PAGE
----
Linda Van Scoy [email protected] Tuesday p.m.
Nancy Lesko [email protected] Wednesday a.m.
Jeannette Robson [email protected] Wednesday p.m.
Maxine LaRoux [email protected] Thursday a.m.
Mary Williams [email protected] Thursday p.m.
Anna Marie Shivers [email protected] Friday a.m.
Bill Wootten [email protected] Friday p.m.
ASURA OFFICE STAFF
Joan Leard (480-947-6119)
Emeritus College Liaison
Dick Jacob (480-838-5423)
Sue Blumer (480-948-6632)
University Club Liaison
Jim Fordemwalt (480-831-8794)
Video History Project
Linda Van Scoy (480-497-5958)
Barbara Bradford Eschbach
Barry McNeill (480-945-3565)
5 Arizona State University Retirees Association Prime Times Spring 2012
ASURA Travel Adventures Bill Stasi
Our first ASURA trip of 2012 was a journey, for some, to visit spots we all knew were out
there but never found time to visit. For others, it may have been the time to see these sites in
more depth. This provided the opportunity for 43 of the 99%ers to see how some of the 1%ers
lived their lives in the Valley.
Arriving early at the Carreta Chocolate Factory, and having never been there, we were a lit-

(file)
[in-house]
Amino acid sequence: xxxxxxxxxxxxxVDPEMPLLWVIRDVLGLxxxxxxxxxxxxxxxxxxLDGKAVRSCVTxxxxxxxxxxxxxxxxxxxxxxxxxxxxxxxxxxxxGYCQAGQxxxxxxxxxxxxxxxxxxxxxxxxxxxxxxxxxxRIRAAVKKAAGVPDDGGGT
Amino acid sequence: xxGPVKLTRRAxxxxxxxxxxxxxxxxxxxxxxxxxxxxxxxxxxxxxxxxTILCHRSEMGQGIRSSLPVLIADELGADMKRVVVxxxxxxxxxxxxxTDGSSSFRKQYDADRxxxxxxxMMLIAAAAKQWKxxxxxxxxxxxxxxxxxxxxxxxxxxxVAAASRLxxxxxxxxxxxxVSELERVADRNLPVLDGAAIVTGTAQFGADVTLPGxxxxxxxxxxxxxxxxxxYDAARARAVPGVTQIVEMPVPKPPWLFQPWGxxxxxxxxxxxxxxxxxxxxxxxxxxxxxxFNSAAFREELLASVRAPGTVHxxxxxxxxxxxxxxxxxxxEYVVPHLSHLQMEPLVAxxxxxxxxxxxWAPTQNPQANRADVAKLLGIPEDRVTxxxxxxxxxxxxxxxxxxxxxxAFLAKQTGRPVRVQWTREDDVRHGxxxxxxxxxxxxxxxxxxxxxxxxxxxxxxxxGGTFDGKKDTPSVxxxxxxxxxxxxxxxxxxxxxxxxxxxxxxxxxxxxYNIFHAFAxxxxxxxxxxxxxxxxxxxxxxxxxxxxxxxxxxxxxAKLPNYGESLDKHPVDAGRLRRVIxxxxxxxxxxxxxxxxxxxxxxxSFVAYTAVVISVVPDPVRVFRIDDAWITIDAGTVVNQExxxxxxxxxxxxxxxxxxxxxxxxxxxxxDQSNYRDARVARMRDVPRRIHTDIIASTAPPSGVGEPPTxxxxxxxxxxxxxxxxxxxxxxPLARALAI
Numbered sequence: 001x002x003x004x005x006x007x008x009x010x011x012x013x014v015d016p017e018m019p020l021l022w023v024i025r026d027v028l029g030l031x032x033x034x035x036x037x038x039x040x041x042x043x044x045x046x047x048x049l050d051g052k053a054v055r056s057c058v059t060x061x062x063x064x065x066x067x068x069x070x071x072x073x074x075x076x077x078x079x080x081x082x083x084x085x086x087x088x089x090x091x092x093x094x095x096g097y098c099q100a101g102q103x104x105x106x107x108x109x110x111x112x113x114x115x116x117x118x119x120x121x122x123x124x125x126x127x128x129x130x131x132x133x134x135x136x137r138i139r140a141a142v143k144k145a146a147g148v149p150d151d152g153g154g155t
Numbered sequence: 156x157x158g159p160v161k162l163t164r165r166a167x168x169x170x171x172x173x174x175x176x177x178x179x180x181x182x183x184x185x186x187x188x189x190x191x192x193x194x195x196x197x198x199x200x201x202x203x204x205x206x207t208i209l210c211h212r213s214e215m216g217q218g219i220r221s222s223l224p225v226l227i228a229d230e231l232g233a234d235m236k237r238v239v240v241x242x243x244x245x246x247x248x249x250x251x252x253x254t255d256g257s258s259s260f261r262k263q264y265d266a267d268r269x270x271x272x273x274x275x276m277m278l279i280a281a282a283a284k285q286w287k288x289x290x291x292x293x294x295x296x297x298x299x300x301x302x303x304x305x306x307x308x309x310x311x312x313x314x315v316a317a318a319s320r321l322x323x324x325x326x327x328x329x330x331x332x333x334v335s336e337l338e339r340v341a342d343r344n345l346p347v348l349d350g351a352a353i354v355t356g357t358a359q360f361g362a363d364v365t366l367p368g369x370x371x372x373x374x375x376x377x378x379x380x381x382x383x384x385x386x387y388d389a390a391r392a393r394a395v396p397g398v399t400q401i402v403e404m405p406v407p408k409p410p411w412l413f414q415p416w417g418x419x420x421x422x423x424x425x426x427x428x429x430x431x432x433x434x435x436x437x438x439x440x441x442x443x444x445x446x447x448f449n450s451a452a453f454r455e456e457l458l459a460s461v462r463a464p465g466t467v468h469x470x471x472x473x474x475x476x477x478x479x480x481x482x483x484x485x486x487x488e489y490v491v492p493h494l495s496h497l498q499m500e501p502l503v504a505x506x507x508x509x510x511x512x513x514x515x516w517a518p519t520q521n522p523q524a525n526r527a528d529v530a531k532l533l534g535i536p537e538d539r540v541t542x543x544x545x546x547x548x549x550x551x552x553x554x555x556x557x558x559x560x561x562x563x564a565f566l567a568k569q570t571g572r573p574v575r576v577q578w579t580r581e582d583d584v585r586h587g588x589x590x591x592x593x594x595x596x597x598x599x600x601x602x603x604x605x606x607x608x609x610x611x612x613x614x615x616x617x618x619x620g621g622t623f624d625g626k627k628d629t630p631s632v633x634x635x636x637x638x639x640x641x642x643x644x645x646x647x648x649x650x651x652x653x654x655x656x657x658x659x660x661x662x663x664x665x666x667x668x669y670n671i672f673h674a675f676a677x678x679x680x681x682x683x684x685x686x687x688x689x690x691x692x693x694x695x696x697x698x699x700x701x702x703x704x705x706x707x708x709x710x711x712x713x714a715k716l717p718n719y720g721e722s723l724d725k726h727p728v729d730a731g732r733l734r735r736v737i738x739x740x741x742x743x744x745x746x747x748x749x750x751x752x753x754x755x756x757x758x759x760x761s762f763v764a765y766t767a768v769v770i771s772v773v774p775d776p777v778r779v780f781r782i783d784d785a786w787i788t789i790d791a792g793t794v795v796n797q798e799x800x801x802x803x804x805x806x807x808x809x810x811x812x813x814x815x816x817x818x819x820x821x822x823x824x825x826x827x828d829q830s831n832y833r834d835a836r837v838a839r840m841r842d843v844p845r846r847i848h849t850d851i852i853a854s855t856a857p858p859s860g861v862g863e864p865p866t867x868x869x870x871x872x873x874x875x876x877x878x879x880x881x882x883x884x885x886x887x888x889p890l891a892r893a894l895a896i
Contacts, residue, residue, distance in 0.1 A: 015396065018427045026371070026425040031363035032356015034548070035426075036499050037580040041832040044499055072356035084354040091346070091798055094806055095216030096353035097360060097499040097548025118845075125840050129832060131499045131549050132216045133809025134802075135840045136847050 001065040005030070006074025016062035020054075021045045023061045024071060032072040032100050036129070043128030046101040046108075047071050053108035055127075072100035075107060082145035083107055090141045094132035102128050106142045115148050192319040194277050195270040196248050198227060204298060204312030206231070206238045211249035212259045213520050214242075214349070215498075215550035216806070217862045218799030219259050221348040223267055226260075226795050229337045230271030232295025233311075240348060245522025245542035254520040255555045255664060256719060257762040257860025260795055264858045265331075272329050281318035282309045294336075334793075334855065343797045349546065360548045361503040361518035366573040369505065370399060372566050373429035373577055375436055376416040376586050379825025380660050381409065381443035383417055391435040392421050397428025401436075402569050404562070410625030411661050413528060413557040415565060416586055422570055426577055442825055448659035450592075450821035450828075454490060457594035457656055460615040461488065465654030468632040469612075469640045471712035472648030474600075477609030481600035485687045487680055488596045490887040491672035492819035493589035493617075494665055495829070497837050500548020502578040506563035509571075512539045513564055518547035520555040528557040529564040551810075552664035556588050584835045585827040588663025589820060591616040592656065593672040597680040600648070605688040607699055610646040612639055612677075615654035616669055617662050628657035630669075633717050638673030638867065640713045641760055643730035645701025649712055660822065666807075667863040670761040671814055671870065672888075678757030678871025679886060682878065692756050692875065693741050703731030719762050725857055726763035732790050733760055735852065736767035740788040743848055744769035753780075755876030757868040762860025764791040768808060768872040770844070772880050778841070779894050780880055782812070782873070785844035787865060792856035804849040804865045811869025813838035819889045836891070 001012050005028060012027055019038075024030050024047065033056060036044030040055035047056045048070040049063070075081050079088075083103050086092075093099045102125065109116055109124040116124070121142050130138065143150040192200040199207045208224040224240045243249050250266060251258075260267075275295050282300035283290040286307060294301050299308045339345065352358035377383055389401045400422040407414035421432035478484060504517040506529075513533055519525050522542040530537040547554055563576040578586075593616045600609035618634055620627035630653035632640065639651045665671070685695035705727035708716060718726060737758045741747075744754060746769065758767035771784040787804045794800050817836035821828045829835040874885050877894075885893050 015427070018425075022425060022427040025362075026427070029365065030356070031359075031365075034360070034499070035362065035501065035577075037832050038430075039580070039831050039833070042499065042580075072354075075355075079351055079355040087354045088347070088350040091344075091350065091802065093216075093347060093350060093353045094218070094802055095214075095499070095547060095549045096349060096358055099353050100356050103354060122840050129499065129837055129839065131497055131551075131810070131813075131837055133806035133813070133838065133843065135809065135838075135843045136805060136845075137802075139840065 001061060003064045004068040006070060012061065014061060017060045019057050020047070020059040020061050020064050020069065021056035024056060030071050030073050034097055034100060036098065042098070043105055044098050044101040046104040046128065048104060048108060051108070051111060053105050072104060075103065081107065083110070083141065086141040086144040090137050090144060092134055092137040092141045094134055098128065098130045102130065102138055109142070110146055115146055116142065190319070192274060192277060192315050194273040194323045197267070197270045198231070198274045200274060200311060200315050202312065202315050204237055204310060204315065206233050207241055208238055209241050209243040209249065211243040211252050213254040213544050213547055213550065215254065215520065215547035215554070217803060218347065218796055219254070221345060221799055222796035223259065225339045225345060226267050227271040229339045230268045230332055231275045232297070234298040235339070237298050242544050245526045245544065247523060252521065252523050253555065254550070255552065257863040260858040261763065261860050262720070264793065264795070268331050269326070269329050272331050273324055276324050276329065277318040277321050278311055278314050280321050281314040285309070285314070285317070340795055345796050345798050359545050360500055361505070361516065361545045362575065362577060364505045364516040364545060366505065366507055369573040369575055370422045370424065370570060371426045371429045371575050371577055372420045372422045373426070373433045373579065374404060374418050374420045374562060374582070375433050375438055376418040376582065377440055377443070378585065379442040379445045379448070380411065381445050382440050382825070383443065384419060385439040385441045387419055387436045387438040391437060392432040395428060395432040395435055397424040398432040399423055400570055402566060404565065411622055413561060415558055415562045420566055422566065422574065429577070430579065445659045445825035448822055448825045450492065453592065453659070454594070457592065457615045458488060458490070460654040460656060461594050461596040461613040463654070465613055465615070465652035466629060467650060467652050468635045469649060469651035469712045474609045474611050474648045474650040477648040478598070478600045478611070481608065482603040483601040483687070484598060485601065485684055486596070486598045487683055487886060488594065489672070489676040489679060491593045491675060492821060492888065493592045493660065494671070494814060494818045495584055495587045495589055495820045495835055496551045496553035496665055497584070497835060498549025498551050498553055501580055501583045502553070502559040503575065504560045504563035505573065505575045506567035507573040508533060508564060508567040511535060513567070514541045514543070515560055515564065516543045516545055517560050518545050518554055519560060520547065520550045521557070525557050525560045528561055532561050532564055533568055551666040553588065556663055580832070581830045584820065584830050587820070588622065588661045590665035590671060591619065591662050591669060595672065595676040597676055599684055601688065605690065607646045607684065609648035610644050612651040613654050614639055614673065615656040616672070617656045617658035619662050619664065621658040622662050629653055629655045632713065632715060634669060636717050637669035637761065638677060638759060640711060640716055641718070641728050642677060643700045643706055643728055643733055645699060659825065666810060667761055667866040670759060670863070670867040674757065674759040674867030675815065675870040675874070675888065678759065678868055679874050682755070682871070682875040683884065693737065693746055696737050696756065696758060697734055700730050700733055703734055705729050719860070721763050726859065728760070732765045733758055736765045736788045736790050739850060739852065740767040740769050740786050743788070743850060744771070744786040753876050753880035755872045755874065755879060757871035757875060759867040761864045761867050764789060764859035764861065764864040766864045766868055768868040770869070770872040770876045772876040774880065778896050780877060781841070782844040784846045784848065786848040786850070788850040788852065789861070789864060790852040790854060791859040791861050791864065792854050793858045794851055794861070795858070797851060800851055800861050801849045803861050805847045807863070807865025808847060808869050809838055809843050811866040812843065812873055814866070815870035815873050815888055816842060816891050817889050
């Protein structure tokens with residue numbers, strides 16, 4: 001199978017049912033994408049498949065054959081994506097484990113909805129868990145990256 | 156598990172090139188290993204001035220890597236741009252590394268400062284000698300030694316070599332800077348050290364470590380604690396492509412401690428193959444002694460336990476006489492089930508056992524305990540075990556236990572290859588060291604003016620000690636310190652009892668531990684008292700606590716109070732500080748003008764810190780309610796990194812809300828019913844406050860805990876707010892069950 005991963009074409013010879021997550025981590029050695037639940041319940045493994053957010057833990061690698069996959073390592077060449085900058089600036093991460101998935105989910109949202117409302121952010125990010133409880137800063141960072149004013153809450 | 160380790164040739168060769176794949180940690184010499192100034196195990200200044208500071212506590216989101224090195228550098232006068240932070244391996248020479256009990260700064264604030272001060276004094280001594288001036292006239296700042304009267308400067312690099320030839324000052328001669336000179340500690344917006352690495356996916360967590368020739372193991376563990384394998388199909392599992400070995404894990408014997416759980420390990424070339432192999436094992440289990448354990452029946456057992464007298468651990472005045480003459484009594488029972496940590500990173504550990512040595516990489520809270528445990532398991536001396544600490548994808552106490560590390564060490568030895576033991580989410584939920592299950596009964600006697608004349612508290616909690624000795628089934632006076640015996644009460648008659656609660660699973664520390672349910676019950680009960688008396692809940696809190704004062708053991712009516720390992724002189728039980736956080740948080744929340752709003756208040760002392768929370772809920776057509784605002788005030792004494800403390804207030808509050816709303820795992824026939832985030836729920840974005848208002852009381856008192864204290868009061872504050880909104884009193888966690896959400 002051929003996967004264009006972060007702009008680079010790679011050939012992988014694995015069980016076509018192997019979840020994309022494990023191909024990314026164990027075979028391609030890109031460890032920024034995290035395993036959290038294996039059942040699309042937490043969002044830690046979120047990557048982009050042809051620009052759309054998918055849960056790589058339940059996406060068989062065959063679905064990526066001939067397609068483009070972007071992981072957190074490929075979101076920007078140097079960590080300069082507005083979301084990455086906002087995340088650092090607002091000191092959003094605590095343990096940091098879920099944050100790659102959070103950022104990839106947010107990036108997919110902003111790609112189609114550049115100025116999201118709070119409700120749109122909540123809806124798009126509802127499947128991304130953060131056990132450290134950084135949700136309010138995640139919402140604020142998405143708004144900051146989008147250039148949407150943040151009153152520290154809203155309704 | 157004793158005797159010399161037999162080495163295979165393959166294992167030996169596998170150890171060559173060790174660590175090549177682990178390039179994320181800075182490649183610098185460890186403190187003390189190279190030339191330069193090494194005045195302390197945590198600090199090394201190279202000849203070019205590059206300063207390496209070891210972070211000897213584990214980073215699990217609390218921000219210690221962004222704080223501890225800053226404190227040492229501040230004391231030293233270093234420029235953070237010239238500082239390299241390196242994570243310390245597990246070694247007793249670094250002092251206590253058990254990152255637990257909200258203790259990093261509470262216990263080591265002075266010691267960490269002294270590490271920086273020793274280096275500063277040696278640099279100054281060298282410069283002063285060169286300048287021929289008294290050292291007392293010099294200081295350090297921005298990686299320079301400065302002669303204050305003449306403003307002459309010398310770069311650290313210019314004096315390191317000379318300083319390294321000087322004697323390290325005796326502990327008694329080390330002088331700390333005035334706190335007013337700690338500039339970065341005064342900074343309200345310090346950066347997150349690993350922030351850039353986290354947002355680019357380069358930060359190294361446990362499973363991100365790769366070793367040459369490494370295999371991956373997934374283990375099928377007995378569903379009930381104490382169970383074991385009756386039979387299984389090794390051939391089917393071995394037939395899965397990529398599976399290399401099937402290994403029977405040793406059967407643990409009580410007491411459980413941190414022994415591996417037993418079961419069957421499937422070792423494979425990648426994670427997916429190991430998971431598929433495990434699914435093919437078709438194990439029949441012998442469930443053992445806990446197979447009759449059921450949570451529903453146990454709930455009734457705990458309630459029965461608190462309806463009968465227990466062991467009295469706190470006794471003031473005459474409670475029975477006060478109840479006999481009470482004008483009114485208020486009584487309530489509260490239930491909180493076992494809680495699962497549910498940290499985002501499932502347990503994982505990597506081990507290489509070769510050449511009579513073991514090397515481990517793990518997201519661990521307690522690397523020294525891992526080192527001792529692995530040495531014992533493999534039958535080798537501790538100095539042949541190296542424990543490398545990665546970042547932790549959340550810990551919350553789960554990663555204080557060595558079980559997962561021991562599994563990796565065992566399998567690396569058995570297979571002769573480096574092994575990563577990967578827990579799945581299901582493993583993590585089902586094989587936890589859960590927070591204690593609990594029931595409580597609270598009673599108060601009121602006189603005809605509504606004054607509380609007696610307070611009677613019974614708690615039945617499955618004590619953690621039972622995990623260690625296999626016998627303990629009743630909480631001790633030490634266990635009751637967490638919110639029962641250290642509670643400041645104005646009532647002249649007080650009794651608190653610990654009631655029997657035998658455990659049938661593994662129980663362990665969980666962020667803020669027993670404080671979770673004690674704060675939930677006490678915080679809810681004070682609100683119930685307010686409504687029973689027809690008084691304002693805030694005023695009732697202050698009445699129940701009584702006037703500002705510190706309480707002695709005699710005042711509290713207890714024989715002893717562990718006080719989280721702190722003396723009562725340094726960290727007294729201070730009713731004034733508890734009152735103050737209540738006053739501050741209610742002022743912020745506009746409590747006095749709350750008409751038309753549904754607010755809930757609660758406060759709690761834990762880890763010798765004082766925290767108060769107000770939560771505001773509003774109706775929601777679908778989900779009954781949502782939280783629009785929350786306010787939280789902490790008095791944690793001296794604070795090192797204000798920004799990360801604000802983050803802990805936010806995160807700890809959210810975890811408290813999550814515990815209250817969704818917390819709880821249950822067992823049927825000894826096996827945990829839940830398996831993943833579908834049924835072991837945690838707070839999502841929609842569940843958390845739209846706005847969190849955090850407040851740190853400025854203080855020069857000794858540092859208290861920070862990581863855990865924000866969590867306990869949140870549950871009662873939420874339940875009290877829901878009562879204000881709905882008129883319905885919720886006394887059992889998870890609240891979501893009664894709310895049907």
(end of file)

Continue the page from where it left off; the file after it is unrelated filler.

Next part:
tle befuddled as to when the tour would start. I know now I should have made numerous trips to
check it out and try all the different chocolates, but I probably would have gained 10 pounds in
I do not think they were prepared for the vast number of curious people so interested in seeing how choco-
late was made. This did give us time to check out the sweet treats and taste a few samples before the tour. I
think almost everyone left with their sweet tooth satisfied and a few extra pieces to snack on later. Two indi-
viduals – Walt Seaton and Betty Ludlow – were hired on the spot to display their chocolate making skills.
They now know how to keep busy in their retirement years.
From there we took the scenic route to the Wrigley Mansion through the grounds of the Biltmore Resort.
We enjoyed lunch in Mr. Wrigley’s bedroom which was large enough to fit all of us in, and then toured from
the opulent entranceway to the servants’ quarters. The Wrigleys lived there only for about six weeks a year as